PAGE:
BUT DON’T BE fooled, says Cadoret. January easily falls into the top 10 snowmaking months since he began keeping records in 1957, but it hasn’t been a record-breaker. That distinction is held by the winter of 1995-1996, when January accounted for 42.6 inches of the total season accumulation of 110 inches.
This January brought only 38.2 inches, says Cadoret. The oft-heard view that people haven’t seen accumulations like this in years may be true, but it’s not because so much snow has fallen, says Cadoret. It’s because so little of it has melted – and that, in his view, is the bigger weather story of the season.
“It’s the relentless cold,” he says. “This season has been notable for the persistent cold weather that’s accompanied the snow, so we never get any melting. It’s just one storm after another and it keeps piling up.”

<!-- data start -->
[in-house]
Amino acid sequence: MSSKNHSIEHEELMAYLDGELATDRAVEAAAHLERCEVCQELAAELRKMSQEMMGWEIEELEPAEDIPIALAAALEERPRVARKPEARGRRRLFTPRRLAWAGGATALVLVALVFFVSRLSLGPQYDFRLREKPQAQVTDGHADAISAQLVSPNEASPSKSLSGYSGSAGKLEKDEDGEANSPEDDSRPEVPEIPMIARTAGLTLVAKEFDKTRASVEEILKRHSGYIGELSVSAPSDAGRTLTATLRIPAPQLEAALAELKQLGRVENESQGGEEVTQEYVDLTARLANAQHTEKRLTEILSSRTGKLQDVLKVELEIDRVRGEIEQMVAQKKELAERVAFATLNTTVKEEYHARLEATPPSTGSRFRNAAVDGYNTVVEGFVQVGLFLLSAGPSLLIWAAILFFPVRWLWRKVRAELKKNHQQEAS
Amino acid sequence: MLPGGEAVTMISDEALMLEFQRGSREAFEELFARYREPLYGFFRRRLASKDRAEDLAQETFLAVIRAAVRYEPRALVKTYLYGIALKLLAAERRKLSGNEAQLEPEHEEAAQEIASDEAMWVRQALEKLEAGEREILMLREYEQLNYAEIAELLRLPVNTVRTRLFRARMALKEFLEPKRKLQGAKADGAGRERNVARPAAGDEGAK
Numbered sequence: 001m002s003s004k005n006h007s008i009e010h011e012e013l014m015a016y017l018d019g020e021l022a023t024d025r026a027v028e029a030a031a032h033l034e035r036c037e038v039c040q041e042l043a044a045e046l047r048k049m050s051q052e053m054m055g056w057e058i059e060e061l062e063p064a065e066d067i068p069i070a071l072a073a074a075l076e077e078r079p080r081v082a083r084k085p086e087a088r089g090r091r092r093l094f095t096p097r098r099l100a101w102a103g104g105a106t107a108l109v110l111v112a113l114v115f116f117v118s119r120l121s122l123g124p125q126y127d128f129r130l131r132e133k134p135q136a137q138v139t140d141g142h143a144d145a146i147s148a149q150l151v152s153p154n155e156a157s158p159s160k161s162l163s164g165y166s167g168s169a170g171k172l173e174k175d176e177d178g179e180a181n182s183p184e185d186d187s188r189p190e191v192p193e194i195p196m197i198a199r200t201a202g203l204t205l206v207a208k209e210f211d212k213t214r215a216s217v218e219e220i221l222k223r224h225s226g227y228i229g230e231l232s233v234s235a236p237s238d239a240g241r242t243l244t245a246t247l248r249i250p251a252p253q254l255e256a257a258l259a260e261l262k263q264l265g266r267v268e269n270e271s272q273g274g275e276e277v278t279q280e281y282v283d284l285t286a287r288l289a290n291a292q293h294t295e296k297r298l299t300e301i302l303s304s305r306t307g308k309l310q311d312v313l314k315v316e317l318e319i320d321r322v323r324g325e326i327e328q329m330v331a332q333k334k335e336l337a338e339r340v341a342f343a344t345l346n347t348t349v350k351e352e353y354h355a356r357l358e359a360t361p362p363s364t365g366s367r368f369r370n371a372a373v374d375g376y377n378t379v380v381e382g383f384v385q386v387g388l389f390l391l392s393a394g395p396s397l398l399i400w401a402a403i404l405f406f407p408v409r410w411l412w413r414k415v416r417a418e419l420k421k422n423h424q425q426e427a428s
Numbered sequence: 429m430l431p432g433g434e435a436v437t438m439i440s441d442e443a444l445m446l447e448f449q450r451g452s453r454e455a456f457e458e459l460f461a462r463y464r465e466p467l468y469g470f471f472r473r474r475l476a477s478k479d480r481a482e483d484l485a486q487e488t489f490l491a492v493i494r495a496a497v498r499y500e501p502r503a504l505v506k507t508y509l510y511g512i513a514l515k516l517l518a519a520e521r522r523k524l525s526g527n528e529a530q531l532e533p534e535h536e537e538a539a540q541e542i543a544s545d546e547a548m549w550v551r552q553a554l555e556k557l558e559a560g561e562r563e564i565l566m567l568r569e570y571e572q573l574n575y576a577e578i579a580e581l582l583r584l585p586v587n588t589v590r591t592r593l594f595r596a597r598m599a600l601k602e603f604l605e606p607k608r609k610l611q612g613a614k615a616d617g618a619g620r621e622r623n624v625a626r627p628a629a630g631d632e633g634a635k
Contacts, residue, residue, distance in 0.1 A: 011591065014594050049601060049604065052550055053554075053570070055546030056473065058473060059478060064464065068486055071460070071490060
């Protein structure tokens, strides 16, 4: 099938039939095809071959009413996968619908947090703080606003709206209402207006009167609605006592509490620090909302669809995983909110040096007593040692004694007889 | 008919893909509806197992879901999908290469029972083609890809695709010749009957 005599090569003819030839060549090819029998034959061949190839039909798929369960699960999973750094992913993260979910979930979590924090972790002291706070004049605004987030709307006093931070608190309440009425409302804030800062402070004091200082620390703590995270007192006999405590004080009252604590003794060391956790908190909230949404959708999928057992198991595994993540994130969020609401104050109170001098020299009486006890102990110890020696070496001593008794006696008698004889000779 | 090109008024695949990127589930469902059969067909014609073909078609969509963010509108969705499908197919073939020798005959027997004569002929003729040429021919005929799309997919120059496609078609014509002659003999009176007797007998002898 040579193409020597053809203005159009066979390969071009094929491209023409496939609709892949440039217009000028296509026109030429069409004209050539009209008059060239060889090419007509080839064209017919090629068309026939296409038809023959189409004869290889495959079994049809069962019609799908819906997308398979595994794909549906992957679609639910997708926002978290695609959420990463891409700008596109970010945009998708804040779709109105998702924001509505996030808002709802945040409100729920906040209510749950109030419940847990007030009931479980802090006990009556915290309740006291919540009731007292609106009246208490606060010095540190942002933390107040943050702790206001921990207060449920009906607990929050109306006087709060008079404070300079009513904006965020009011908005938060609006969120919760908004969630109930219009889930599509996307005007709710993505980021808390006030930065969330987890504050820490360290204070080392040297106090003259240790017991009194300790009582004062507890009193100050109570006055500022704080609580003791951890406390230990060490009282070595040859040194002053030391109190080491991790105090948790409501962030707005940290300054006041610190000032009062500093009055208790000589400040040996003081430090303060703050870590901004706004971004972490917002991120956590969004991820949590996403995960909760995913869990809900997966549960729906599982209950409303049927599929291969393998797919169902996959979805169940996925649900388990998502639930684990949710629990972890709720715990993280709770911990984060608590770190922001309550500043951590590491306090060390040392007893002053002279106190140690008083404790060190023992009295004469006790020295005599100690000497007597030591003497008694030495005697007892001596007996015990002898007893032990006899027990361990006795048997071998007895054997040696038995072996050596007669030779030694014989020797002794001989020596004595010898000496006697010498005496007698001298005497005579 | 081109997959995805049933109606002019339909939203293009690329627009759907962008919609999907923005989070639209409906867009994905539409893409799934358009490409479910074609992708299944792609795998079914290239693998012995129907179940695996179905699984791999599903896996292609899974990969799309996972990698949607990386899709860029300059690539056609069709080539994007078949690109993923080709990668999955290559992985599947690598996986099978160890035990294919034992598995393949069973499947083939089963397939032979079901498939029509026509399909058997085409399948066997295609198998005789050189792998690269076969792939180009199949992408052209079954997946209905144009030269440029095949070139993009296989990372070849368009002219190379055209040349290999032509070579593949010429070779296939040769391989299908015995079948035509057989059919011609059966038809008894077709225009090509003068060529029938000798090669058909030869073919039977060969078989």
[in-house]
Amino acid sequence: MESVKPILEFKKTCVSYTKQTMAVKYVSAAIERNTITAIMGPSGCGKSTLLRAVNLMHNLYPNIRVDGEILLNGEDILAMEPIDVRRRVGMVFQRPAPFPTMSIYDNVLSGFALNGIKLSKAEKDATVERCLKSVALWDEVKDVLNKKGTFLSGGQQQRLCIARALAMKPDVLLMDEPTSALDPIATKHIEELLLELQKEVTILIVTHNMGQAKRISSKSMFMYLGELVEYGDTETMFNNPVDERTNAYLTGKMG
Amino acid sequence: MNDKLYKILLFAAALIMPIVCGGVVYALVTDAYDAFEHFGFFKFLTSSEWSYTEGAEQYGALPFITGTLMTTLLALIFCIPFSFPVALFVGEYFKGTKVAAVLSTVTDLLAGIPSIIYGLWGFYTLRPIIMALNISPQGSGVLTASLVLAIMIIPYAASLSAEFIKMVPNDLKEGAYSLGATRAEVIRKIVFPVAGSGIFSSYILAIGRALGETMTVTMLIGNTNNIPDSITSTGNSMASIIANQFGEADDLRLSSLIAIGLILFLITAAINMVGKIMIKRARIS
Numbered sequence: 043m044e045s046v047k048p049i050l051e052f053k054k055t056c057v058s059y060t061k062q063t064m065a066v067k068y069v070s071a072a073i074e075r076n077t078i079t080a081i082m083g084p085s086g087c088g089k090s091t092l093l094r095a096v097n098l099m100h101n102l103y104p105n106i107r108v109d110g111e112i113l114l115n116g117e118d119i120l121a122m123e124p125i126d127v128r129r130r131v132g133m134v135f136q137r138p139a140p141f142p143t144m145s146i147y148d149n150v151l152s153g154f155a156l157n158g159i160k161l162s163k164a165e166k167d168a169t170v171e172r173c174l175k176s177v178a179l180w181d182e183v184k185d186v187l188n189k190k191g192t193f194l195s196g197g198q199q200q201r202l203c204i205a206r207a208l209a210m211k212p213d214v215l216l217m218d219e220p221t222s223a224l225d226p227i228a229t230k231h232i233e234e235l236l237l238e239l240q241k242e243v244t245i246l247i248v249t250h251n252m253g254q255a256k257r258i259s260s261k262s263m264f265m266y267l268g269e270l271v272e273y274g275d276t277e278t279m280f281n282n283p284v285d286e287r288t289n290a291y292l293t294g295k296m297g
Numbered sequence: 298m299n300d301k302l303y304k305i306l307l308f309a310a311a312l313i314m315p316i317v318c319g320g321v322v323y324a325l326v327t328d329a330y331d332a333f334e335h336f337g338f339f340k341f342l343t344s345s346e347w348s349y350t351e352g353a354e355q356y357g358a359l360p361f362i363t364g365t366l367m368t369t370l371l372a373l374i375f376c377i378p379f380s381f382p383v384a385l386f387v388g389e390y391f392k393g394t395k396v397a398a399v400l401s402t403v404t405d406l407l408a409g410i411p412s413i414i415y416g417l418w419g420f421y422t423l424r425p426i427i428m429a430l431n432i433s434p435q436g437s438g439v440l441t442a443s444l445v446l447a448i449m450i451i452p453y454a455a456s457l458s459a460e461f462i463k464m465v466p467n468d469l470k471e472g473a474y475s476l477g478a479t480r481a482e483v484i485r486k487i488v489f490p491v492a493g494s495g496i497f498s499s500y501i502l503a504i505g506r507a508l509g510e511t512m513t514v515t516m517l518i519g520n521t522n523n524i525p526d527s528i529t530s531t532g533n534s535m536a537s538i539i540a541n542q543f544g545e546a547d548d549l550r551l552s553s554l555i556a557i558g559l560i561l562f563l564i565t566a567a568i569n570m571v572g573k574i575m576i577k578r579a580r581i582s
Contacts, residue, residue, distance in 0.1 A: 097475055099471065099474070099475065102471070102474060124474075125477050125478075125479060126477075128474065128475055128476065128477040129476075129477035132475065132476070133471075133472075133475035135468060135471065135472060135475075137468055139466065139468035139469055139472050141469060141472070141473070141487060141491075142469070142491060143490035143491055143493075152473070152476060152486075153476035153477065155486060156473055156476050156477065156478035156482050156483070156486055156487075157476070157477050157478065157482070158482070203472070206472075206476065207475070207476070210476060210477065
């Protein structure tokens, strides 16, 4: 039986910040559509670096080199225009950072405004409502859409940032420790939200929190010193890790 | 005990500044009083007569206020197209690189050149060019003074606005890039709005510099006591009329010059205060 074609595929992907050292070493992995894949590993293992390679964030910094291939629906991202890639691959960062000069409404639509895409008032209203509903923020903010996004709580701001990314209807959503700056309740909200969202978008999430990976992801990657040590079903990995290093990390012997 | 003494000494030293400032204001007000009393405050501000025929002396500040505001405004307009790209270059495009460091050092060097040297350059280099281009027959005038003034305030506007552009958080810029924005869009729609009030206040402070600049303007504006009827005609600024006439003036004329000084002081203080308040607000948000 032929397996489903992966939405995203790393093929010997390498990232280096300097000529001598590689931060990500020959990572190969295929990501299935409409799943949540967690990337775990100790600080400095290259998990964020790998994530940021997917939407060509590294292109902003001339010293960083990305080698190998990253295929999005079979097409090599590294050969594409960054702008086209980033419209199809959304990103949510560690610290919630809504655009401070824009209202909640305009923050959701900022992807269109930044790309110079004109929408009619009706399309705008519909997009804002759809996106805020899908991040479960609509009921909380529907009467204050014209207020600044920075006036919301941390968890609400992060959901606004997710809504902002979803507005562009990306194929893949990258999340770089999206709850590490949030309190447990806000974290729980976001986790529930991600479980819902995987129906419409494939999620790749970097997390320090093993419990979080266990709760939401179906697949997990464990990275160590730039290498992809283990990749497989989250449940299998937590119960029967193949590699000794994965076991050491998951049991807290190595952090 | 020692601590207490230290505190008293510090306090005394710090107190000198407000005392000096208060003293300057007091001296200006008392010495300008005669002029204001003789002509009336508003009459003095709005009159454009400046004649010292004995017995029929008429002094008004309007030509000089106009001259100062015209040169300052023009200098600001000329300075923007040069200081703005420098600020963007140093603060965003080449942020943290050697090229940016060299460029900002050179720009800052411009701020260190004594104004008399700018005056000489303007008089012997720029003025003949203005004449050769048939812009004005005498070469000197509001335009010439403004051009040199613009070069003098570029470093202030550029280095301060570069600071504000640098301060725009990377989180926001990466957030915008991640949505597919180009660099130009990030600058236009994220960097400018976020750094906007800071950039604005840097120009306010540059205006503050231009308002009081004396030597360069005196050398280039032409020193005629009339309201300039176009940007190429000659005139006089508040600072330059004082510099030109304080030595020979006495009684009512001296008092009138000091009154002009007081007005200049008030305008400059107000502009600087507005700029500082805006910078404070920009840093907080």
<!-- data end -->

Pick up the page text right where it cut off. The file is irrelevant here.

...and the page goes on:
Though temperatures occasionally dipped into single digits and, at least once, fell to around 10 below zero in January, Cadoret says that, on average, the intensity of the cold hasn’t been all that remarkable, either. Just remarkable enough to keep the snow from melting a little every day.
Normally around the latter part of January, he says, daytime highs reach the mid-30s. This season, they consistently hovered around the high 20s to low 30s – just low enough to slow the melting process to an imperceptible trickle.
The sloppy, snowy mess that began Tuesday morning is all expected to taper off by 8 tonight, paving the way for some of the nippiest temperatures since last month’s Arctic blast. By late tonight, the National Weather Service says, temps will fall to about 14 degrees. Thursday’s daytime highs may not make it out of the 20s and by late at night the temps will dip to their lowest point of the week, about 8 degrees.
The sun comes out again Friday and temperatures stabilize a bit. Next chance of snow: Saturday, but don’t crank up those snowblowers just yet. Forecasters say the chance of more white stuff is just 40 percent, and if it does snow it’s likely to be just a brief shower.